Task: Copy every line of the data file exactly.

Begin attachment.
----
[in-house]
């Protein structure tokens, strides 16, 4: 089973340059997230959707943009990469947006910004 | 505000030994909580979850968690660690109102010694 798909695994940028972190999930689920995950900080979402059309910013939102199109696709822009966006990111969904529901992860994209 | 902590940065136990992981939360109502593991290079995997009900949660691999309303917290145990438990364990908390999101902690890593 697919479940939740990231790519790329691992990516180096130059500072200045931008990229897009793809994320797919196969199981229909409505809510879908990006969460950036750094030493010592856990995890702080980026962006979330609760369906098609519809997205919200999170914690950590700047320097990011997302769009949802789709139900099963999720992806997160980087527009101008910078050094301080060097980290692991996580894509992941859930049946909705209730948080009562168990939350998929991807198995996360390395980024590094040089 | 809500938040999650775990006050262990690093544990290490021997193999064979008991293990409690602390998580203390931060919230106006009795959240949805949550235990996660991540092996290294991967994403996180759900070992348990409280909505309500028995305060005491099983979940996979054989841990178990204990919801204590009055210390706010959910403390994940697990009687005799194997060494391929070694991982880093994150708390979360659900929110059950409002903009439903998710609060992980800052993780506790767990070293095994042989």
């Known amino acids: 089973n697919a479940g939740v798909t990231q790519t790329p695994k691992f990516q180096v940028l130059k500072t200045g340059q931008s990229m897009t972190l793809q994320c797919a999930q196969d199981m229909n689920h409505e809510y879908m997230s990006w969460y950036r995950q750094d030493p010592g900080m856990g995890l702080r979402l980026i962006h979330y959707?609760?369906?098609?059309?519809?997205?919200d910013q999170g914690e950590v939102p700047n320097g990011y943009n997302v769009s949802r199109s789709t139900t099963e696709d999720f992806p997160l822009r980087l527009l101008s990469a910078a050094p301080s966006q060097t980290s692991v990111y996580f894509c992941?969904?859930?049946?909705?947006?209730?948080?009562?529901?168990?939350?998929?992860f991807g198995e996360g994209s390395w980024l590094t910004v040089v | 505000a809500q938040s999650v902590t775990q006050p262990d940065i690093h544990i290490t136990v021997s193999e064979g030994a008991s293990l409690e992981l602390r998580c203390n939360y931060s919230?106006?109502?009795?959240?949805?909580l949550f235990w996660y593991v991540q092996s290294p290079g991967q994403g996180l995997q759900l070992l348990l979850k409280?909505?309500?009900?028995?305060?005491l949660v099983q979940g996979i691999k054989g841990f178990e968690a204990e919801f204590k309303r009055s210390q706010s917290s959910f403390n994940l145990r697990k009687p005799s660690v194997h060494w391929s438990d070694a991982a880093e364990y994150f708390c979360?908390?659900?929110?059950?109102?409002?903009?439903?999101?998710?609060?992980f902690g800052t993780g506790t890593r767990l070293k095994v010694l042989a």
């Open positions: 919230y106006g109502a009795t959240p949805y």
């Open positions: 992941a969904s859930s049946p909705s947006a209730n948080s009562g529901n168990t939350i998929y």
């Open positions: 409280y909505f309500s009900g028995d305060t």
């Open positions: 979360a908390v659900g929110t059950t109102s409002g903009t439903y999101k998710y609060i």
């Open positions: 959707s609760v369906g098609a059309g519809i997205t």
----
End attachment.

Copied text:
[in-house]
């Protein structure tokens, strides 16, 4: 089973340059997230959707943009990469947006910004 | 505000030994909580979850968690660690109102010694 798909695994940028972190999930689920995950900080979402059309910013939102199109696709822009966006990111969904529901992860994209 | 902590940065136990992981939360109502593991290079995997009900949660691999309303917290145990438990364990908390999101902690890593 697919479940939740990231790519790329691992990516180096130059500072200045931008990229897009793809994320797919196969199981229909409505809510879908990006969460950036750094030493010592856990995890702080980026962006979330609760369906098609519809997205919200999170914690950590700047320097990011997302769009949802789709139900099963999720992806997160980087527009101008910078050094301080060097980290692991996580894509992941859930049946909705209730948080009562168990939350998929991807198995996360390395980024590094040089 | 809500938040999650775990006050262990690093544990290490021997193999064979008991293990409690602390998580203390931060919230106006009795959240949805949550235990996660991540092996290294991967994403996180759900070992348990409280909505309500028995305060005491099983979940996979054989841990178990204990919801204590009055210390706010959910403390994940697990009687005799194997060494391929070694991982880093994150708390979360659900929110059950409002903009439903998710609060992980800052993780506790767990070293095994042989």
């Known amino acids: 089973n697919a479940g939740v798909t990231q790519t790329p695994k691992f990516q180096v940028l130059k500072t200045g340059q931008s990229m897009t972190l793809q994320c797919a999930q196969d199981m229909n689920h409505e809510y879908m997230s990006w969460y950036r995950q750094d030493p010592g900080m856990g995890l702080r979402l980026i962006h979330y959707?609760?369906?098609?059309?519809?997205?919200d910013q999170g914690e950590v939102p700047n320097g990011y943009n997302v769009s949802r199109s789709t139900t099963e696709d999720f992806p997160l822009r980087l527009l101008s990469a910078a050094p301080s966006q060097t980290s692991v990111y996580f894509c992941?969904?859930?049946?909705?947006?209730?948080?009562?529901?168990?939350?998929?992860f991807g198995e996360g994209s390395w980024l590094t910004v040089v | 505000a809500q938040s999650v902590t775990q006050p262990d940065i690093h544990i290490t136990v021997s193999e064979g030994a008991s293990l409690e992981l602390r998580c203390n939360y931060s919230?106006?109502?009795?959240?949805?909580l949550f235990w996660y593991v991540q092996s290294p290079g991967q994403g996180l995997q759900l070992l348990l979850k409280?909505?309500?009900?028995?305060?005491l949660v099983q979940g996979i691999k054989g841990f178990e968690a204990e919801f204590k309303r009055s210390q706010s917290s959910f403390n994940l145990r697990k009687p005799s660690v194997h060494w391929s438990d070694a991982a880093e364990y994150f708390c979360?908390?659900?929110?059950?109102?409002?903009?439903?999101?998710?609060?992980f902690g800052t993780g506790t890593r767990l070293k095994v010694l042989a």
């Open positions: 919230y106006g109502a009795t959240p949805y």
């Open positions: 992941a969904s859930s049946p909705s947006a209730n948080s009562g529901n168990t939350i998929y």
């Open positions: 409280y909505f309500s009900g028995d305060t």
């Open positions: 979360a908390v659900g929110t059950t109102s409002g903009t439903y999101k998710y609060i």
């Open positions: 959707s609760v369906g098609a059309g519809i997205t």